North Korea claimed to have successfully tested its first intercontinental ballistic missile in a launch Tuesday, though U.S. and South Korean officials earlier said it had an intermediate range.
A test-launch of an intercontinental ballistic missile, if confirmed, would be a game-changing development in the North’s push to militarily challenge Washington and a step forward in developing a nuclear-tipped missile that can reach anywhere in the U.S.
North Korea hailed the missile test in a national broadcast. Pyongyang’s state media said it was ordered and supervised by Dictator Kim Jong Un, according to Reuters.
“The test launch was conducted at the sharpest angle possible and did not have any negative effect on neighboring countries,” North Korean state media said, adding it had a flight time of 39 minutes and reached an altitude of 1,741 miles.
Officials from the U.S., Japan and South Korea said the missile landed in Japan’s Exclusive Economic Zone and the launch covered a distance of about 580 miles.
The new missile test comes more than a week after North Korea conducted a new rocket engine test, possibly for an ICBM.
Soon after the launch, President Trump responded with a flurry of angry tweets.
“North Korea has just launched another missile,” Trump wrote on his Twitter account. “Does this guy have anything better to do with his life? Hard to believe that South Korea and Japan will put up with this much longer. Perhaps China will put a heavy move on North Korea and end this nonsense once and for all!”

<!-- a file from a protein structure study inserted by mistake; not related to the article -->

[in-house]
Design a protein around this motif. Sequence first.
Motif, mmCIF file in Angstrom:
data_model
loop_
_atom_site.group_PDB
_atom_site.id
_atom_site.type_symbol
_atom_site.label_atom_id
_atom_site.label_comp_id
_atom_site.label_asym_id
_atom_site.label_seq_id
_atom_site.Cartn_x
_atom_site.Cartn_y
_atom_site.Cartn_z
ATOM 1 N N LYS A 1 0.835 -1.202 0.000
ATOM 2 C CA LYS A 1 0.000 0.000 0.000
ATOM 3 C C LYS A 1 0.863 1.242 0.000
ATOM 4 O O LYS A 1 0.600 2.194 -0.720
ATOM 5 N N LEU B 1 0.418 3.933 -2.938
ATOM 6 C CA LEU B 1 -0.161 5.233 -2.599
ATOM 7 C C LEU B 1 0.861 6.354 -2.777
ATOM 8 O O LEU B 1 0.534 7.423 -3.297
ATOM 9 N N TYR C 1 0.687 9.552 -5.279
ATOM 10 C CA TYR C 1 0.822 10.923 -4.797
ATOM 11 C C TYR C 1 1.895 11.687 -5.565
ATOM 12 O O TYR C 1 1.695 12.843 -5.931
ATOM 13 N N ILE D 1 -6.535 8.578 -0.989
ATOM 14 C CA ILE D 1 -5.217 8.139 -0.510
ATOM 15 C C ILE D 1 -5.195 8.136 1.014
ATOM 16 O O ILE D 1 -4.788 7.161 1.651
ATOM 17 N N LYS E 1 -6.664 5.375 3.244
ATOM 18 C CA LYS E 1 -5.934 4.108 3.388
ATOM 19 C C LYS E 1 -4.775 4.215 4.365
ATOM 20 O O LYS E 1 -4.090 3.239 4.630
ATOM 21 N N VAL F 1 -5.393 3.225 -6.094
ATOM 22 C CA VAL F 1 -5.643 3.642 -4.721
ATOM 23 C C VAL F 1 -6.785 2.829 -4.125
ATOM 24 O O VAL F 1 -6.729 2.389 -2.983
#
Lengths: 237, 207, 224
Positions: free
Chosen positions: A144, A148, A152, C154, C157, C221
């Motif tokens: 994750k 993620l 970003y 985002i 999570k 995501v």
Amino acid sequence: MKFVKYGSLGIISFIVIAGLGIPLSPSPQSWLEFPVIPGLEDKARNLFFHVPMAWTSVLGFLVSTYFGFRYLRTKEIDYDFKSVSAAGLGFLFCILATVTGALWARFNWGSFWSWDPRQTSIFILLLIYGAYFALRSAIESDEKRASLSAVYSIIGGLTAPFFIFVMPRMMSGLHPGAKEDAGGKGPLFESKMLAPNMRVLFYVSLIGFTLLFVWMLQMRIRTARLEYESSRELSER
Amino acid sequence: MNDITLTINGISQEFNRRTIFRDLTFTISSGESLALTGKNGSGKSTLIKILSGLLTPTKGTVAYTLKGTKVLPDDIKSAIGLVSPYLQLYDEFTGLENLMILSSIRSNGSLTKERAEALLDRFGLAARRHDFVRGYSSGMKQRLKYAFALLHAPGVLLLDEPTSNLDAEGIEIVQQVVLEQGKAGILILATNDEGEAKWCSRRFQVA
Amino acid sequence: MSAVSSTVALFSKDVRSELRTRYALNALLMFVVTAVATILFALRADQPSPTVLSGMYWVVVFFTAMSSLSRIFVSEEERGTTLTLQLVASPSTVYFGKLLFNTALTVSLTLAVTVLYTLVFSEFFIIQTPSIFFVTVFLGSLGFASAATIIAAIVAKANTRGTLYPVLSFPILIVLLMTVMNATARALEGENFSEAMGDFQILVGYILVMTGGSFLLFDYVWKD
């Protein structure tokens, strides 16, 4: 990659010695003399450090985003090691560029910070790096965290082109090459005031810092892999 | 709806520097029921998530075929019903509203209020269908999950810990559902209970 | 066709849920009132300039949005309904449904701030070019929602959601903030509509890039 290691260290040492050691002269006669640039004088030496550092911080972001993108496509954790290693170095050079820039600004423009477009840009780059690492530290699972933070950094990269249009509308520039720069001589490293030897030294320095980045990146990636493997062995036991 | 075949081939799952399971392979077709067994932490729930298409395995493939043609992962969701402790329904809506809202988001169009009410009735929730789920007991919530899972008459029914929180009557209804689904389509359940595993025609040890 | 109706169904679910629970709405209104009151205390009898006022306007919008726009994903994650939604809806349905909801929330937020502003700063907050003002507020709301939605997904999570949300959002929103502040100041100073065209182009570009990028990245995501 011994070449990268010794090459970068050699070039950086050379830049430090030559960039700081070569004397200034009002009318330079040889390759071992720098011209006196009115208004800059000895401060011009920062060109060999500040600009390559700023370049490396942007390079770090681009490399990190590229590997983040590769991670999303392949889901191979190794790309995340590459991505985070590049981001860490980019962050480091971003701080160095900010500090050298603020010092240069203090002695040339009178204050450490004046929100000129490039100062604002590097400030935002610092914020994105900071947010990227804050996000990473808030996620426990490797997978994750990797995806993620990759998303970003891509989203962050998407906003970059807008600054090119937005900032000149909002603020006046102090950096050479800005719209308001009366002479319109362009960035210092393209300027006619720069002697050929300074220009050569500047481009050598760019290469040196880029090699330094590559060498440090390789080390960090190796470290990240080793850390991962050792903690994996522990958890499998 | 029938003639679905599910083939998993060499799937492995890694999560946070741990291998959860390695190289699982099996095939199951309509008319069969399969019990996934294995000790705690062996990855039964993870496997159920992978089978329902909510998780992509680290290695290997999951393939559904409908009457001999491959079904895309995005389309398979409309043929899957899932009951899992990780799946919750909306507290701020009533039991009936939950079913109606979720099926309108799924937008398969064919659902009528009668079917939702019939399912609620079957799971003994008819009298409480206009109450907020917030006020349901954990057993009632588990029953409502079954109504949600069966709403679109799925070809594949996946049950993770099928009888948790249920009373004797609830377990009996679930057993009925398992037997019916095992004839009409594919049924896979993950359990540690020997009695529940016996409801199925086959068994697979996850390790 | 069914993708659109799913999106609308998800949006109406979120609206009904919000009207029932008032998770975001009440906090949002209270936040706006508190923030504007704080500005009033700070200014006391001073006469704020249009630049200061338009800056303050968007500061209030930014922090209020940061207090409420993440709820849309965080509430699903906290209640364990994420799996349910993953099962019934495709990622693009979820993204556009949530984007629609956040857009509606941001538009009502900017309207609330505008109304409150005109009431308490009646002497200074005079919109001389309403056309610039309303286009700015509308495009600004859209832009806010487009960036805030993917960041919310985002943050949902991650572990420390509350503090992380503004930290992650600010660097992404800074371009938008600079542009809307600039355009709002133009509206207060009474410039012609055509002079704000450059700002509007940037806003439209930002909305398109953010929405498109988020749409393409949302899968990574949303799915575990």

Japanese Chief Cabinet Secretary Yoshihide Suga suggested the altitude of this missile might have been higher than earlier tests. He did not give further details, including the distance of the flight and where in Japan’s exclusive economic zone in the Sea of Japan the missile landed.
Just last week South Korean President Moon Jae-in and Trump met for the first time and vowed to oppose North Korea’s development of atomic weapons.
Japan’s Prime Minister Shinzo Abe sharply criticized North Korea for the launch. “The latest launch clearly showed that the threat is growing,” Abe said.
North Korea has a reliable arsenal of shorter-range missiles, but is still trying to perfect its longer-range missiles. Some analysts believe North Korea has the technology to arm its short-range missiles with nuclear warheads, but it’s unclear if it has mastered the technology needed to build an atomic bomb that can fit on a long-range missile.
The launch seems designed to send a political warning to Washington and its chief Asian allies, Seoul and Tokyo, even as it allows North Korean scientists a chance to perfect their still-incomplete nuclear missile program. It came on the eve of the U.S. Independence Day holiday and ahead of the G-20 summit.